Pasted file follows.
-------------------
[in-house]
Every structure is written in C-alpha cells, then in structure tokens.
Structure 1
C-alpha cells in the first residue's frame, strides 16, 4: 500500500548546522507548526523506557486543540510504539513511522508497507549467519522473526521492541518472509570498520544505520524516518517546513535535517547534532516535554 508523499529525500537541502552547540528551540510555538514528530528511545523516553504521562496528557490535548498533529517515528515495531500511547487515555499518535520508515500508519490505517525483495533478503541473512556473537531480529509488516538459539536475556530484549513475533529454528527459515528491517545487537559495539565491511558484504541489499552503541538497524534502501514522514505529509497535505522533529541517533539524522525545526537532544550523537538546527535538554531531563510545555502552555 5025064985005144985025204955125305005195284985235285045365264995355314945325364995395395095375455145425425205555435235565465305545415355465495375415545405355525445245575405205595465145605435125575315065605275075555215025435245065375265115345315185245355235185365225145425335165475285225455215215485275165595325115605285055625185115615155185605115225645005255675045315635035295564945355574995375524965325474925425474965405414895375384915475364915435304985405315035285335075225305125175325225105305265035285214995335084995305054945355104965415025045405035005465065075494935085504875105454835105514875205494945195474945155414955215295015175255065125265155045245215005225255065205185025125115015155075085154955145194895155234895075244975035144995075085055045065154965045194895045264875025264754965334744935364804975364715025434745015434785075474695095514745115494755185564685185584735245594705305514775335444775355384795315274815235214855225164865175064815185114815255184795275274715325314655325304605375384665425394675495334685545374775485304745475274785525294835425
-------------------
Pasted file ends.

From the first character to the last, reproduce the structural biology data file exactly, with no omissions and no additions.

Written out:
[in-house]
Every structure is written in C-alpha cells, then in structure tokens.
Structure 1
C-alpha cells in the first residue's frame, strides 16, 4: 500500500548546522507548526523506557486543540510504539513511522508497507549467519522473526521492541518472509570498520544505520524516518517546513535535517547534532516535554 508523499529525500537541502552547540528551540510555538514528530528511545523516553504521562496528557490535548498533529517515528515495531500511547487515555499518535520508515500508519490505517525483495533478503541473512556473537531480529509488516538459539536475556530484549513475533529454528527459515528491517545487537559495539565491511558484504541489499552503541538497524534502501514522514505529509497535505522533529541517533539524522525545526537532544550523537538546527535538554531531563510545555502552555 5025064985005144985025204955125305005195284985235285045365264995355314945325364995395395095375455145425425205555435235565465305545415355465495375415545405355525445245575405205595465145605435125575315065605275075555215025435245065375265115345315185245355235185365225145425335165475285225455215215485275165595325115605285055625185115615155185605115225645005255675045315635035295564945355574995375524965325474925425474965405414895375384915475364915435304985405315035285335075225305125175325225105305265035285214995335084995305054945355104965415025045405035005465065075494935085504875105454835105514875205494945195474945155414955215295015175255065125265155045245215005225255065205185025125115015155075085154955145194895155234895075244975035144995075085055045065154965045194895045264875025264754965334744935364804975364715025434745015434785075474695095514745115494755185564685185584735245594705305514775335444775355384795315274815235214855225164865175064815185114815255184795275274715325314655325304605375384665425394675495334685545374775485304745475274785525294835425